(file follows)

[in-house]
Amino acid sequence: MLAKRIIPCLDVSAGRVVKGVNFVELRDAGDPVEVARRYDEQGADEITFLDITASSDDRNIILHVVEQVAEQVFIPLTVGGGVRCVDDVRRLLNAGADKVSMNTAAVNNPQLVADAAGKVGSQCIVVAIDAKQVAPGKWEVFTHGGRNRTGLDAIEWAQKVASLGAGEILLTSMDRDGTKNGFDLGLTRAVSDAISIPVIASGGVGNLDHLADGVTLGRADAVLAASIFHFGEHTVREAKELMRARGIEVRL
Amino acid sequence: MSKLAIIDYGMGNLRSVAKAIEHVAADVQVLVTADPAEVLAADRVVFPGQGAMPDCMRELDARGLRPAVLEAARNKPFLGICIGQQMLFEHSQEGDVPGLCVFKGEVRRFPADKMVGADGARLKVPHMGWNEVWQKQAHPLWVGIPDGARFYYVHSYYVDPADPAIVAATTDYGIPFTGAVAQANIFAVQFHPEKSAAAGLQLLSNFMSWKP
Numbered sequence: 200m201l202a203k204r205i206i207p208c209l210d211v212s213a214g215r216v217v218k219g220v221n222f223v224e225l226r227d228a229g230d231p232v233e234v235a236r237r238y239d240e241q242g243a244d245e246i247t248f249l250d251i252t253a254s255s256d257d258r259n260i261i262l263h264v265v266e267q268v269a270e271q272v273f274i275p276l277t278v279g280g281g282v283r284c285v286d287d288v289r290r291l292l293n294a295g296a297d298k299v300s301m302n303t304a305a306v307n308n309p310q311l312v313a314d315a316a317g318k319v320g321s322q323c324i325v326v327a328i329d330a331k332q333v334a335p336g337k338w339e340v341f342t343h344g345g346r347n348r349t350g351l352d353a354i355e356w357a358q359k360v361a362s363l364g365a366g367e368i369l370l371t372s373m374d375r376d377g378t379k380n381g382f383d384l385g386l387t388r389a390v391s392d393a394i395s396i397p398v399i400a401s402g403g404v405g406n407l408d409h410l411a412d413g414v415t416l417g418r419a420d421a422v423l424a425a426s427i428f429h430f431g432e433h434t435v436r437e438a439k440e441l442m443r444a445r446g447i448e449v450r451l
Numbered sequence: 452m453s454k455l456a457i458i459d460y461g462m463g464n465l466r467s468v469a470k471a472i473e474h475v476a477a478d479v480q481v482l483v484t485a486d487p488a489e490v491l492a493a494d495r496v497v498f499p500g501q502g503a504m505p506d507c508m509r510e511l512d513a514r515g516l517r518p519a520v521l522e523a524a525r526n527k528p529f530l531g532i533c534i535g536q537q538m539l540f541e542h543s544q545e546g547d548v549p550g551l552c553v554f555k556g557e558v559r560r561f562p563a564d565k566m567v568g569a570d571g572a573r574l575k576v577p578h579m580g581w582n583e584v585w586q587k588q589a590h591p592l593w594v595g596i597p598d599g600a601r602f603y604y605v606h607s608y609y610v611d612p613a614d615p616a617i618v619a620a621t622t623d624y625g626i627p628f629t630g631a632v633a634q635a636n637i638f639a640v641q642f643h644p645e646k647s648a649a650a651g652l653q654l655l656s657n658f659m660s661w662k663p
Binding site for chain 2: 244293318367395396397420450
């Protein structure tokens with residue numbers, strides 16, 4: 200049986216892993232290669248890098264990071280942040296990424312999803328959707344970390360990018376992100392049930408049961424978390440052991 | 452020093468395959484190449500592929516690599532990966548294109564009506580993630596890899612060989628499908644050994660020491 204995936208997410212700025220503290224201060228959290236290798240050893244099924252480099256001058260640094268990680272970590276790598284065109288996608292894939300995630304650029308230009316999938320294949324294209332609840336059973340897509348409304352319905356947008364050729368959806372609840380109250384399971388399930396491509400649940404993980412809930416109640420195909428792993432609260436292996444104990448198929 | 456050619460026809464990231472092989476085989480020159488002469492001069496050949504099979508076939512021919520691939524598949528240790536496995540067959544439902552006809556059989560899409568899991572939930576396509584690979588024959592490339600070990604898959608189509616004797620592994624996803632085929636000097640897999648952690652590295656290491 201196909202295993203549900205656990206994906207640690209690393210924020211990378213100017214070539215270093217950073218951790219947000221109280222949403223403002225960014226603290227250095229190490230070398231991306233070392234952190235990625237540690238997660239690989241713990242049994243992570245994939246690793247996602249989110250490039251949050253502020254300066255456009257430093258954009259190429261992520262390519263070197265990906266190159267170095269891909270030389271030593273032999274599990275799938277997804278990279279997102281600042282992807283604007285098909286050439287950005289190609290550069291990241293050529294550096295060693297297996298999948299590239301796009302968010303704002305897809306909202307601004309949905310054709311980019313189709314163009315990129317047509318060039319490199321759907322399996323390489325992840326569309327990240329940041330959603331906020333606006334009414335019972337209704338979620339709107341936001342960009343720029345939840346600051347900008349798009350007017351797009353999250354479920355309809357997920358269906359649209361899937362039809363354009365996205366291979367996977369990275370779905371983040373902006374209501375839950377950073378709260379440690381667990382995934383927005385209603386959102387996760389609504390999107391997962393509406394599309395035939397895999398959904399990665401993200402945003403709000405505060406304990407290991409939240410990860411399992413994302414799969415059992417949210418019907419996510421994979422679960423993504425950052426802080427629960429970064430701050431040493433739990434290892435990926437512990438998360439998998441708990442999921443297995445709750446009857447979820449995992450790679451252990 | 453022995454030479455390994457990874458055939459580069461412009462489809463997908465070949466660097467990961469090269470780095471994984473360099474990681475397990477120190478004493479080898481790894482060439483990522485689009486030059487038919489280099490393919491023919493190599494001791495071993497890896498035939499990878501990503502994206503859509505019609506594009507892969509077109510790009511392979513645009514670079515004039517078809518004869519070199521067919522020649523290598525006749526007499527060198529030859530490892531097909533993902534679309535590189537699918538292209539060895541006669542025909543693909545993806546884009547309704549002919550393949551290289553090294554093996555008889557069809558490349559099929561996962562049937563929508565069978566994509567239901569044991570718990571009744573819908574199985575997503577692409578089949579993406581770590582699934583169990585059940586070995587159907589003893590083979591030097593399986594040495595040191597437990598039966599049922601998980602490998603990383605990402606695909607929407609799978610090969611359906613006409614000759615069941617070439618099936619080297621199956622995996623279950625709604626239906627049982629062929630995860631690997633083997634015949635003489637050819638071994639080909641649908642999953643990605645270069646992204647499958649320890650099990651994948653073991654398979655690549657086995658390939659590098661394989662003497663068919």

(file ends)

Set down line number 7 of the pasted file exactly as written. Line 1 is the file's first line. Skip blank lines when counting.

């Protein structure tokens with residue numbers, strides 16, 4: 200049986216892993232290669248890098264990071280942040296990424312999803328959707344970390360990018376992100392049930408049961424978390440052991 | 452020093468395959484190449500592929516690599532990966548294109564009506580993630596890899612060989628499908644050994660020491 204995936208997410212700025220503290224201060228959290236290798240050893244099924252480099256001058260640094268990680272970590276790598284065109288996608292894939300995630304650029308230009316999938320294949324294209332609840336059973340897509348409304352319905356947008364050729368959806372609840380109250384399971388399930396491509400649940404993980412809930416109640420195909428792993432609260436292996444104990448198929 | 456050619460026809464990231472092989476085989480020159488002469492001069496050949504099979508076939512021919520691939524598949528240790536496995540067959544439902552006809556059989560899409568899991572939930576396509584690979588024959592490339600070990604898959608189509616004797620592994624996803632085929636000097640897999648952690652590295656290491 201196909202295993203549900205656990206994906207640690209690393210924020211990378213100017214070539215270093217950073218951790219947000221109280222949403223403002225960014226603290227250095229190490230070398231991306233070392234952190235990625237540690238997660239690989241713990242049994243992570245994939246690793247996602249989110250490039251949050253502020254300066255456009257430093258954009259190429261992520262390519263070197265990906266190159267170095269891909270030389271030593273032999274599990275799938277997804278990279279997102281600042282992807283604007285098909286050439287950005289190609290550069291990241293050529294550096295060693297297996298999948299590239301796009302968010303704002305897809306909202307601004309949905310054709311980019313189709314163009315990129317047509318060039319490199321759907322399996323390489325992840326569309327990240329940041330959603331906020333606006334009414335019972337209704338979620339709107341936001342960009343720029345939840346600051347900008349798009350007017351797009353999250354479920355309809357997920358269906359649209361899937362039809363354009365996205366291979367996977369990275370779905371983040373902006374209501375839950377950073378709260379440690381667990382995934383927005385209603386959102387996760389609504390999107391997962393509406394599309395035939397895999398959904399990665401993200402945003403709000405505060406304990407290991409939240410990860411399992413994302414799969415059992417949210418019907419996510421994979422679960423993504425950052426802080427629960429970064430701050431040493433739990434290892435990926437512990438998360439998998441708990442999921443297995445709750446009857447979820449995992450790679451252990 | 453022995454030479455390994457990874458055939459580069461412009462489809463997908465070949466660097467990961469090269470780095471994984473360099474990681475397990477120190478004493479080898481790894482060439483990522485689009486030059487038919489280099490393919491023919493190599494001791495071993497890896498035939499990878501990503502994206503859509505019609506594009507892969509077109510790009511392979513645009514670079515004039517078809518004869519070199521067919522020649523290598525006749526007499527060198529030859530490892531097909533993902534679309535590189537699918538292209539060895541006669542025909543693909545993806546884009547309704549002919550393949551290289553090294554093996555008889557069809558490349559099929561996962562049937563929508565069978566994509567239901569044991570718990571009744573819908574199985575997503577692409578089949579993406581770590582699934583169990585059940586070995587159907589003893590083979591030097593399986594040495595040191597437990598039966599049922601998980602490998603990383605990402606695909607929407609799978610090969611359906613006409614000759615069941617070439618099936619080297621199956622995996623279950625709604626239906627049982629062929630995860631690997633083997634015949635003489637050819638071994639080909641649908642999953643990605645270069646992204647499958649320890650099990651994948653073991654398979655690549657086995658390939659590098661394989662003497663068919």